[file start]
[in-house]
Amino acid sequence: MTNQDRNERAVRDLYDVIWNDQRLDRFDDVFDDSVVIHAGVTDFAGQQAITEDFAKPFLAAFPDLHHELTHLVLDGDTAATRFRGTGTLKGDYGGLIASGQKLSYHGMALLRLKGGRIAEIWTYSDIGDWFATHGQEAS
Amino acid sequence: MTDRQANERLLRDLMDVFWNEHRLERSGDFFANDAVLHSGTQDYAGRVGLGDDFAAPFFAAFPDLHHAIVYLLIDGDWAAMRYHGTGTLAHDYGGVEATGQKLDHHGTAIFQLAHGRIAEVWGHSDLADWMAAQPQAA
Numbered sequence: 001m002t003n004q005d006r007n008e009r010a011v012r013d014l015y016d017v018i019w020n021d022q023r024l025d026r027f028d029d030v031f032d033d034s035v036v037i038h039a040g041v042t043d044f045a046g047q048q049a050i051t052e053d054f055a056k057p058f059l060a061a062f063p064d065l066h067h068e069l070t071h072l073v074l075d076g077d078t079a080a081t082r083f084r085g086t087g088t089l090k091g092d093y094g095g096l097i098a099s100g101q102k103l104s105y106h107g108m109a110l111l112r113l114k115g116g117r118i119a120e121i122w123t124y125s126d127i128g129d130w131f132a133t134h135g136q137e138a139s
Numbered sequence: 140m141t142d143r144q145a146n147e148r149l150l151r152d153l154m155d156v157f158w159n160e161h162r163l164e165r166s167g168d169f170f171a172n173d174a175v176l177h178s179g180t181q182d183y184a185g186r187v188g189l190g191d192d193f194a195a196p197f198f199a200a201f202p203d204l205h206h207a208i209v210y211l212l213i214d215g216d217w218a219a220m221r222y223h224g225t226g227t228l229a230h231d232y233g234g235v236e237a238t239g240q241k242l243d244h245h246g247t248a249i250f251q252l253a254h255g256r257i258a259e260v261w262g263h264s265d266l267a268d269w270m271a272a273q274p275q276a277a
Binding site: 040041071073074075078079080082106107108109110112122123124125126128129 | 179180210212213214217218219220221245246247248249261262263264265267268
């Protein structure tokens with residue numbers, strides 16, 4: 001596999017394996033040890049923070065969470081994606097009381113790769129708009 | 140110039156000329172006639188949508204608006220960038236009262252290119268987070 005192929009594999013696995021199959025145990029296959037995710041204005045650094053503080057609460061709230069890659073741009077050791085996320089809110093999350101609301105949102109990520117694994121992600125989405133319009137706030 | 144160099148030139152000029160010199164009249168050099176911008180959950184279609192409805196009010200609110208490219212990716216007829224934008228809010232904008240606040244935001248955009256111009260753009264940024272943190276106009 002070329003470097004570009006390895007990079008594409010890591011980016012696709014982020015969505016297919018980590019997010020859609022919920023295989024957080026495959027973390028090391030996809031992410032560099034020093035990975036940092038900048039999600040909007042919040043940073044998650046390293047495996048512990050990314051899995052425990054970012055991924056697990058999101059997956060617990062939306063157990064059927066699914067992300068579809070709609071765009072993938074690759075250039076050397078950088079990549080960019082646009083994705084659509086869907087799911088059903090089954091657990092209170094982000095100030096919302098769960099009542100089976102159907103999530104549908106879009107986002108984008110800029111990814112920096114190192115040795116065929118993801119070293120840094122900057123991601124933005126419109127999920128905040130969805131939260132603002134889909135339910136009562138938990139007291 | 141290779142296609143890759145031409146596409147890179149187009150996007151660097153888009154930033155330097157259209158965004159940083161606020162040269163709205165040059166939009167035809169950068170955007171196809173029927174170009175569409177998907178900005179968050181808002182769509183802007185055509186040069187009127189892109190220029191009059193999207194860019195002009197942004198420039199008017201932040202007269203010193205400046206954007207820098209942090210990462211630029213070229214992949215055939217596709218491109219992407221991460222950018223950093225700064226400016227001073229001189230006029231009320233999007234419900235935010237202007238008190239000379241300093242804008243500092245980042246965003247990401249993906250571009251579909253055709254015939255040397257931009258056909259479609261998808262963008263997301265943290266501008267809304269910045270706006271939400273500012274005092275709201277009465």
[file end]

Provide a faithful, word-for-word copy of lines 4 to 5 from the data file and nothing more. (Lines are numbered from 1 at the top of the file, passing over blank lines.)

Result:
Numbered sequence: 001m002t003n004q005d006r007n008e009r010a011v012r013d014l015y016d017v018i019w020n021d022q023r024l025d026r027f028d029d030v031f032d033d034s035v036v037i038h039a040g041v042t043d044f045a046g047q048q049a050i051t052e053d054f055a056k057p058f059l060a061a062f063p064d065l066h067h068e069l070t071h072l073v074l075d076g077d078t079a080a081t082r083f084r085g086t087g088t089l090k091g092d093y094g095g096l097i098a099s100g101q102k103l104s105y106h107g108m109a110l111l112r113l114k115g116g117r118i119a120e121i122w123t124y125s126d127i128g129d130w131f132a133t134h135g136q137e138a139s
Numbered sequence: 140m141t142d143r144q145a146n147e148r149l150l151r152d153l154m155d156v157f158w159n160e161h162r163l164e165r166s167g168d169f170f171a172n173d174a175v176l177h178s179g180t181q182d183y184a185g186r187v188g189l190g191d192d193f194a195a196p197f198f199a200a201f202p203d204l205h206h207a208i209v210y211l212l213i214d215g216d217w218a219a220m221r222y223h224g225t226g227t228l229a230h231d232y233g234g235v236e237a238t239g240q241k242l243d244h245h246g247t248a249i250f251q252l253a254h255g256r257i258a259e260v261w262g263h264s265d266l267a268d269w270m271a272a273q274p275q276a277a